Even worse, though (I think) was when I actually would go into treatment, get sober and start to build a relationship back up with them, only to suddenly vanish again. There was a time when I was sober I actually worked at their elementary school in the first grade class. Daisy was in kindergarten then, so every lunch I was there hanging out with her and her friends. We’d play tag, or wall ball, or whatever. Jasper and me would splash around in the pool together after his swim lessons.

And then I’d be gone. I’d steal some money and run off to the city and my dad and step-mom (can I just call her my mom from here on out? It’s too many words, otherwise, and it’s totally applicable) would be sent into a panic trying to save my fucking life again. And Jasper and Daisy would try to understand.

But, how could they?

How could they possibly understand something like that?

Most adults can’t understand it, let alone a couple of little kids.

Hell, I’d say I barely understand it.

All I know is, I was in a ton of pain and I kept reachin’ out to the drugs to try’n feel better—and then, once the drug hit me, the addiction would take hold.

Of course, it always tore me up to hurt those kids like that. Honestly, they were one of the only things I ever felt like it would be worth getting sober for. 

Because I hadn’t lost it, you know?

I hadn’t lost that desire to be a good big brother—to be a role model for them—to save them from all the stupid ass mistakes I’d made. I still wanted to give them that perfect childhood—the one I’d always wanted for myself, but had given up on a long ass time ago. I wanted so badly to be there for them.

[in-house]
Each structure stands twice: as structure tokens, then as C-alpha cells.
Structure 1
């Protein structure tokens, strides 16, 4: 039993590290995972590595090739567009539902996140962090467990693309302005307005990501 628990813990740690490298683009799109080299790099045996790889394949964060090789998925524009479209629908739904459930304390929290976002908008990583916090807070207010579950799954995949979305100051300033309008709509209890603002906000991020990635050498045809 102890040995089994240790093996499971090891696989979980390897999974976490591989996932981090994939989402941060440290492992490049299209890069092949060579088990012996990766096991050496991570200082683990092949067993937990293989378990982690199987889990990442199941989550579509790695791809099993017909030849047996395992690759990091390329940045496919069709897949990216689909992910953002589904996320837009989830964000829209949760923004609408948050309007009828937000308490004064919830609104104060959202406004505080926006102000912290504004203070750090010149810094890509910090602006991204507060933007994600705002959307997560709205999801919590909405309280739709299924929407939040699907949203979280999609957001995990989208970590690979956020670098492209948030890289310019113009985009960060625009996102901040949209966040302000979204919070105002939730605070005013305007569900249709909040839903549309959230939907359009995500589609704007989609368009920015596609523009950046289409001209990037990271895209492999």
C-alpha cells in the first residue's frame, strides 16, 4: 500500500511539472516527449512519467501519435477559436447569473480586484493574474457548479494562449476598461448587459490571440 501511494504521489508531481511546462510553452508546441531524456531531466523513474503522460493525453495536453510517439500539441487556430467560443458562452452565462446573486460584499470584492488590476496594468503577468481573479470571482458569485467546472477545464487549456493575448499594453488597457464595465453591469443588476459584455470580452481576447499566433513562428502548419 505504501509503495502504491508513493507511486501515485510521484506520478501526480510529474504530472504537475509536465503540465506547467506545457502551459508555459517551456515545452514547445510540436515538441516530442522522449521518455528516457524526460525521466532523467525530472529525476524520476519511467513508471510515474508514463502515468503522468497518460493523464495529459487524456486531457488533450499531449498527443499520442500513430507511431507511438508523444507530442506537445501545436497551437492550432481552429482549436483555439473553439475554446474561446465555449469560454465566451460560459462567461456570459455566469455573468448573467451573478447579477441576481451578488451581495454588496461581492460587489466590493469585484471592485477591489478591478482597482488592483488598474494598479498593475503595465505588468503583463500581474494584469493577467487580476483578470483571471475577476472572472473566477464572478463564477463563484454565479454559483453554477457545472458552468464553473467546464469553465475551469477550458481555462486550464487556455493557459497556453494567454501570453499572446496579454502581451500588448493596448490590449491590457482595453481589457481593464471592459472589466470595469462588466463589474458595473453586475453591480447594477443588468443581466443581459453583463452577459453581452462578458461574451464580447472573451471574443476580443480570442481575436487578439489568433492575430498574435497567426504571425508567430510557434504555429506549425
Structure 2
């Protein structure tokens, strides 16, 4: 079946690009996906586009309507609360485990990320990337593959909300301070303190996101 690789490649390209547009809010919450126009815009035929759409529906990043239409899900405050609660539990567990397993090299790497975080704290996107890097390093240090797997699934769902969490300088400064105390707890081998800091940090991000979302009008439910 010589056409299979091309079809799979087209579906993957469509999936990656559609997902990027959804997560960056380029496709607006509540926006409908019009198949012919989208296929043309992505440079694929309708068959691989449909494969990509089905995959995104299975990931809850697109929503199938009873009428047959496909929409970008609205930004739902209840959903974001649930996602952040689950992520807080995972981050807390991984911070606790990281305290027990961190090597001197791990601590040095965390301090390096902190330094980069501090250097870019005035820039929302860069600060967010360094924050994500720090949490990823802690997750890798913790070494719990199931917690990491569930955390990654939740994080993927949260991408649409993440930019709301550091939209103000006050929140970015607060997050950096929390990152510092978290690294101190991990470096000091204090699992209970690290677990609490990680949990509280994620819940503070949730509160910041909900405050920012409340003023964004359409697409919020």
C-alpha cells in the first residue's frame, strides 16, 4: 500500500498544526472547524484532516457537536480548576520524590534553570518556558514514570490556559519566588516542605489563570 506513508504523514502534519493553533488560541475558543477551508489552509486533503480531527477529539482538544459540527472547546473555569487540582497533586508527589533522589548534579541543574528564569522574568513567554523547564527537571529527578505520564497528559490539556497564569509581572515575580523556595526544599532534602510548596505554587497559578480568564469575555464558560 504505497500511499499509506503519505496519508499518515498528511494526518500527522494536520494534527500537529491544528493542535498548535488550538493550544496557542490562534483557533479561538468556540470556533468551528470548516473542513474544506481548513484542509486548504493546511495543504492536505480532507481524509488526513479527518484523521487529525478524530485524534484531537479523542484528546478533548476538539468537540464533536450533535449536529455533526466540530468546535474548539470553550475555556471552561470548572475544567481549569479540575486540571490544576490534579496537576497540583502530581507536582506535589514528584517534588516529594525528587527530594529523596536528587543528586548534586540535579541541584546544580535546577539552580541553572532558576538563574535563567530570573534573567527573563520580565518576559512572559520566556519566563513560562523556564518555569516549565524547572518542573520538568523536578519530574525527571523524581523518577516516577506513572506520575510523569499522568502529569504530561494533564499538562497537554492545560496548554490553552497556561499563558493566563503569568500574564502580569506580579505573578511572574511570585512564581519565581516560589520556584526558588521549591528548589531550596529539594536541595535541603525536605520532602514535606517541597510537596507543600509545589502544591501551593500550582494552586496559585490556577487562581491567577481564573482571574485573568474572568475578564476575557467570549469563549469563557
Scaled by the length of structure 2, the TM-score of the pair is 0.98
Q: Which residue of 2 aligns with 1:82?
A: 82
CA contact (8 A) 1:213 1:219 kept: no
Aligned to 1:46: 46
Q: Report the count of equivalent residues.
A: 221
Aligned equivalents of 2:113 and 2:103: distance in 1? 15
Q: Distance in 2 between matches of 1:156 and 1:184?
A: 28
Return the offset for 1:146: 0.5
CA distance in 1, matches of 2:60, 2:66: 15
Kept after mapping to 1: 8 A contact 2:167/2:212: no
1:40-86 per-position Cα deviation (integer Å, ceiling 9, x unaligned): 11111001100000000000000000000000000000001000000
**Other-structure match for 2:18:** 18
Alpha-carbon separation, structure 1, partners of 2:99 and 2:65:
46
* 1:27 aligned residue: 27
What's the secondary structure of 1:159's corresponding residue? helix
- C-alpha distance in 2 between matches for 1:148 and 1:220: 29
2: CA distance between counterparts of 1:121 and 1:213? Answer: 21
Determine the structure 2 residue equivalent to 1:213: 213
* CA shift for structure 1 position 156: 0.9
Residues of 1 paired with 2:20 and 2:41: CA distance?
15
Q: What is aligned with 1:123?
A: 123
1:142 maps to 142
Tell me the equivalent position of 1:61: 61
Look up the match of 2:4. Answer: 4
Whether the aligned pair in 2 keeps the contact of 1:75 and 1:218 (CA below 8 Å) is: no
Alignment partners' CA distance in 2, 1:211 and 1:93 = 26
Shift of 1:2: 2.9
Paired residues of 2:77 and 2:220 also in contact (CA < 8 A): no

But I kept failing.

I kept fucking up.

And, eventually, it got to the point where my parents would no longer let me see my little brother and sister. They wouldn’t even let me talk to them on the phone. I’d hurt them enough, they said, and they couldn’t bear to watch their kids’ hearts get broken again.

Christ, man, I couldn’t bear it either. 

I couldn’t.

But I also couldn’t bear the thought of never seeing them again.

I couldn’t bear it.

But I was gonna have to.

I mean, that’s the way it was.

And it didn’t seem like it was ever gonna get any better.

Really, it seemed hopeless.

Like I could never rebuild all the trust that I’d fucking shattered to nothing.

I didn’t even know where to start.

So…what I did was…well, first thing’s first, right? I had to get sober.

I went off to treatment somewhere and then to outpatient and I started meeting a whole lot of people who were actually going through pretty much exactly what I was going through with Jasper and Daisy. So many addicts I met in early recovery were in my same situation. Basically, we’d all totally fucked over the people we’d loved in our lives and finally they’d had enough and cut us off, in one way or another. For me, and for them, getting those relationships back seemed impossible.

The counselors, of course, were useless as ever.

“Time,” they’d say. “It’s just gonna take time.”

But none of us wanted to hear that. At least, I know I didn’t.

Anyway, what good was time gonna do?

How, after everything I’d put them through, was my family ever going to let me back into their lives? No amount of time could erase what I’d done.